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We found 4 providers with an interest in glaucoma and who accept Humana Premier near New Lenox, IL.

Showing 1-4 of 4
Dr. Rebecca Baird Mets-Halgrimson, MPH, MD
Specializes in Pediatric Ophthalmology
1870 Silver Cross Boulevard; Suite 100
New Lenox, IL
 

Dr. Rebecca Mets' specialty is pediatric ophthalmology. She has a special interest in strabismus, retinoblastoma, and hemangioma. Her professional affiliations include Ann & Robert H. Lurie Children's Hospital of Chicago, Northwestern Memorial Hospital, and Northwestern University Feinberg School of Medicine. Before performing her residency at Northwestern Memorial Hospital, Dr. Mets attended Northwestern University, Feinberg School of Medicine. She is an in-network provider for several insurance carriers, including Coventry, HFN, and HealthSmart. She has an open panel.

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Relevant Interests: , glaucoma

All Interests: Retinoblastoma, Hemangiomas, Cataract Surgery, Cataracts, Glaucoma, Amblyopia, Strabismus, Eye ... (Read more)

Dr. Bahram Rahmani, MPH, MD
Specializes in Pediatric Ophthalmology
1870 Silver Cross Boulevard; Suite 100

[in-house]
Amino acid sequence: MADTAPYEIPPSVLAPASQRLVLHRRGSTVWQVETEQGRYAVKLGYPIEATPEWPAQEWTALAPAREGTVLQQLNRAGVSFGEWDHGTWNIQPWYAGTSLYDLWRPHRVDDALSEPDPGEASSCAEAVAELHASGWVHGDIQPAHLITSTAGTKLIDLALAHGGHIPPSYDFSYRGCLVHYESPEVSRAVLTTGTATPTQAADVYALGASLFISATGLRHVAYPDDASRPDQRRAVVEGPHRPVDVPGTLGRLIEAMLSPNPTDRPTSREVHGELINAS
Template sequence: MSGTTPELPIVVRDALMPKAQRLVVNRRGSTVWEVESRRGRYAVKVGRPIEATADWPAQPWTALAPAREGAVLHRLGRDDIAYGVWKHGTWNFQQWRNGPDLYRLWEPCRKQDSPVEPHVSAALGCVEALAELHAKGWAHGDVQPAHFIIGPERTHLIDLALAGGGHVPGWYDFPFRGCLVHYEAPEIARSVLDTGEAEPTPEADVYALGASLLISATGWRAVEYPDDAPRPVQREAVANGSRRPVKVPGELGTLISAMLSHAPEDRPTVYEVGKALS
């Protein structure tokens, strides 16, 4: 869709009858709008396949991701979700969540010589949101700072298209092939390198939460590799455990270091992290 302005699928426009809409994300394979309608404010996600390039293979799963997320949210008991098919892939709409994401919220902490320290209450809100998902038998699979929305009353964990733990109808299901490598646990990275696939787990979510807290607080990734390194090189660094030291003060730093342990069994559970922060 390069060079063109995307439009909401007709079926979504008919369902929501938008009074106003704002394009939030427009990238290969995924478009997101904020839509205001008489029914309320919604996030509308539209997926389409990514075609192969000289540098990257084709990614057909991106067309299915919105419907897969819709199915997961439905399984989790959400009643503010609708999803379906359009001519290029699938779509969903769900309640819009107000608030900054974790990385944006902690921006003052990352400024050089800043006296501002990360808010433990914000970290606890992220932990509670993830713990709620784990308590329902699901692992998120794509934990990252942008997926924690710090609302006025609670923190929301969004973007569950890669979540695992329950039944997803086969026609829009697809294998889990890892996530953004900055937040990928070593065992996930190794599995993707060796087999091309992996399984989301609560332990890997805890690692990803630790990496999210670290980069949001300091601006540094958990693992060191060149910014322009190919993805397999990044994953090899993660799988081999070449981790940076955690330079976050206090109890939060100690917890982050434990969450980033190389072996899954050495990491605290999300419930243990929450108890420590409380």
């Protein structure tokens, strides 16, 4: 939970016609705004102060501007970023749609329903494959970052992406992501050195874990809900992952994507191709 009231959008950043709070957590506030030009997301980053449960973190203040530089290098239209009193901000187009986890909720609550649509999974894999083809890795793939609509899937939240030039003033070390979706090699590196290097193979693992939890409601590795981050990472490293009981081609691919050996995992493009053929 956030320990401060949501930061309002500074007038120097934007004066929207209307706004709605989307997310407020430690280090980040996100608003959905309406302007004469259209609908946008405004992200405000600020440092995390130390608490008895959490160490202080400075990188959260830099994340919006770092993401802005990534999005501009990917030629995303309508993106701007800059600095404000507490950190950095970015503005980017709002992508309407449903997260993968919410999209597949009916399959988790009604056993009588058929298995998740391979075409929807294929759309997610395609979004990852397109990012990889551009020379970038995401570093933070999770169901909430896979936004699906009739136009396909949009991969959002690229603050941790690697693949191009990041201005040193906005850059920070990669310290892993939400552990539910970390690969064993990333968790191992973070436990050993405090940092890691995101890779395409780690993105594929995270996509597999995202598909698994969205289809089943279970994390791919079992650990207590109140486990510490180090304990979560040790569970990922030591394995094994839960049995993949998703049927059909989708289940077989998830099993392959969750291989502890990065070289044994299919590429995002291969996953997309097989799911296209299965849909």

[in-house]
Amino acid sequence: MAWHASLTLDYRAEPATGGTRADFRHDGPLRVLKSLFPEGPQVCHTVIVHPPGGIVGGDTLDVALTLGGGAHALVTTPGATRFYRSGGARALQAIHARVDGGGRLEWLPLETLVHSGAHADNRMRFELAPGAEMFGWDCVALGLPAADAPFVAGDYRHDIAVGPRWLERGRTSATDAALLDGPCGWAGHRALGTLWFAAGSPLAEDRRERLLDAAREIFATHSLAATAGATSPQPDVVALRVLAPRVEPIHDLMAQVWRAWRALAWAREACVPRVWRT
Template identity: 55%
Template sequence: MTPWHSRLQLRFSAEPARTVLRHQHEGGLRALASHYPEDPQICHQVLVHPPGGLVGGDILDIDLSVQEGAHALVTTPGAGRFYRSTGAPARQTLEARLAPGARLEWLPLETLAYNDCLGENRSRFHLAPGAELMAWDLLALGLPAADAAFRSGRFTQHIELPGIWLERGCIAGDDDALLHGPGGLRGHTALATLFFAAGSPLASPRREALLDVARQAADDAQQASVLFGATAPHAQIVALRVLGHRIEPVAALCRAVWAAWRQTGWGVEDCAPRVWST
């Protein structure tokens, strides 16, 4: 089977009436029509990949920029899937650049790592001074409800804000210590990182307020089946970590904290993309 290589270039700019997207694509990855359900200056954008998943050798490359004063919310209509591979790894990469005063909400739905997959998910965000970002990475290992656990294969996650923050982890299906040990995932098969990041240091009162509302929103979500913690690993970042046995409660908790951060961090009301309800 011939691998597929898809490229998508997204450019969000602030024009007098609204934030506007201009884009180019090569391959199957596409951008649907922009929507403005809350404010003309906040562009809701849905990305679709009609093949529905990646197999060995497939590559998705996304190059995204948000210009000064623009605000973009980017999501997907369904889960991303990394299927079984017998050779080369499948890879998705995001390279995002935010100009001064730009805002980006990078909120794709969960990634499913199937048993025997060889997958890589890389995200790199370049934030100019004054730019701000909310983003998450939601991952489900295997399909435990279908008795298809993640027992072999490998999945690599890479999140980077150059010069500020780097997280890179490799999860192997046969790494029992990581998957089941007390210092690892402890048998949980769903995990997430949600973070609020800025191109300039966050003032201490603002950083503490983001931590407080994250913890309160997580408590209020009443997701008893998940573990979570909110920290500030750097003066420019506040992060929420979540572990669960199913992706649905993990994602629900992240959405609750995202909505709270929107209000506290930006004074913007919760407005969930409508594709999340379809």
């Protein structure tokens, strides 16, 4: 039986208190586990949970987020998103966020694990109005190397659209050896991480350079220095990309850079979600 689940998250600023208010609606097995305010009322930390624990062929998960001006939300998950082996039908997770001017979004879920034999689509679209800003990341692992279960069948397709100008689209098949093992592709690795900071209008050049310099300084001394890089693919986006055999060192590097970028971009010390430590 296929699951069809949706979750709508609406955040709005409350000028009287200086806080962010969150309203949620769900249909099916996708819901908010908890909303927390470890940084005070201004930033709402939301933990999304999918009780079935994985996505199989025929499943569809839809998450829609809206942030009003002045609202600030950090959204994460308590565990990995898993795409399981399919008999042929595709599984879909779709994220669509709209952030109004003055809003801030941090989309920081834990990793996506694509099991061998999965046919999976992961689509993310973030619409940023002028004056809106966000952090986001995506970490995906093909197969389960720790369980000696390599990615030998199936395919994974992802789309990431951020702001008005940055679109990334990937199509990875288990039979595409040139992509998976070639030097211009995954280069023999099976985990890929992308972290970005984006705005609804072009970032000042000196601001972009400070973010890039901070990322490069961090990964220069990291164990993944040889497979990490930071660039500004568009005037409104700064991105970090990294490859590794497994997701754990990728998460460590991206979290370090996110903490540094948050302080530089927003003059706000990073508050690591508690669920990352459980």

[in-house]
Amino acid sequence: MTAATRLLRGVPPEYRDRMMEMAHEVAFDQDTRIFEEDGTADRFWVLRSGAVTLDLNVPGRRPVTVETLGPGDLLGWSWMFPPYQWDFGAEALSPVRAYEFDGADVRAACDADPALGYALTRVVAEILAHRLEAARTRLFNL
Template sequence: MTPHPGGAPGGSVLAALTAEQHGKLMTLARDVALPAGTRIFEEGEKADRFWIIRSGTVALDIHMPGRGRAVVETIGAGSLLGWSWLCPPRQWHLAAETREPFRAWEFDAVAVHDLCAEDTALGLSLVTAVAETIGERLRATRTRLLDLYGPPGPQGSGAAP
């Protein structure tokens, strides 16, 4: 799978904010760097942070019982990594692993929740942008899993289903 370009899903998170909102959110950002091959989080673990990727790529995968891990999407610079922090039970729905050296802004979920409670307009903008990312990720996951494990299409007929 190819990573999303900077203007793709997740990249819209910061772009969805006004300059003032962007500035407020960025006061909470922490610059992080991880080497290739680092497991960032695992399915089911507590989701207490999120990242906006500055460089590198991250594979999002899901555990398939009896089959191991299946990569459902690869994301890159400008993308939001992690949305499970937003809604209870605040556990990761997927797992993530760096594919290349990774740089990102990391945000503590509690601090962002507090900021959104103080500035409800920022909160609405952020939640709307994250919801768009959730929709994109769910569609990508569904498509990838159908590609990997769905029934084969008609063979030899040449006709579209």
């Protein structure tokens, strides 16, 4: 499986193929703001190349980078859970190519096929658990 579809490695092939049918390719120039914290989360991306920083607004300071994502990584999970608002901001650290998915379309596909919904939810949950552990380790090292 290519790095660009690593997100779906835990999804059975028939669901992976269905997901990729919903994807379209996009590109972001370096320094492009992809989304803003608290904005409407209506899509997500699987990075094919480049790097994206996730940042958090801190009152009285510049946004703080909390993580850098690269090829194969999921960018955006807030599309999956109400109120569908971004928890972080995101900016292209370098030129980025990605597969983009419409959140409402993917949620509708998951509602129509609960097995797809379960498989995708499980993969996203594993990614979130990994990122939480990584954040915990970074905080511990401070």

New Lenox, IL
 

Dr. Bahram Rahmani practices pediatric ophthalmology. He attended Shiraz University of Medical Sciences for medical school and subsequently trained at Northwestern Memorial Hospital and Shiraz University of Medical Sciences for residency. Dr. Rahmani's areas of expertise include diplopia (double vision), strabismus, and glaucoma. He is an in-network provider for Blue Cross/Blue Shield, Coventry, TRICARE, and more. He speaks Persian. Dr. Rahmani is affiliated with Ann & Robert H. Lurie Children's Hospital of Chicago, Northwestern Medical Group (NMG), and Northwestern Memorial Hospital. New patients are welcome to contact his office for an appointment.

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Relevant Interests: , glaucoma

All Interests: Retinoblastoma, Cataract Surgery, Strabismus, Diplopia, Eye Problems, Hemangiomas, Glaucoma, ... (Read more)

Dr. Hawke Hong Duk Yoon, MD
Specializes in Pediatric Ophthalmology
1870 Silver Cross Boulevard; Suite 100
New Lenox, IL
 

Dr. Hawke Yoon works as a pediatric ophthalmologist in New Lenox, IL, Westchester, IL, and Chicago, IL. Dr. Yoon has indicated that his clinical interests include eye problems. His hospital/clinic affiliations include Ann & Robert H. Lurie Children's Hospital of Chicago, Northwestern Memorial Hospital, and Northwestern University Feinberg School of Medicine. He is in-network for Blue Cross/Blue Shield, Coventry, Blue Cross Blue Shield HMO, and more. His education and training includes medical school at the University of Utah School of Medicine and residency at a hospital affiliated with Medical University of South Carolina.

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Relevant Interests: , glaucoma

All Interests: Retinoblastoma, Retinopathy of Prematurity, Cataracts, Glaucoma, Strabismus, Eye Problems

Dr. Sudhi P Kurup, MD
Specializes in Pediatric Ophthalmology
1870 Silver Cross Boulevard; Suite 100
New Lenox, IL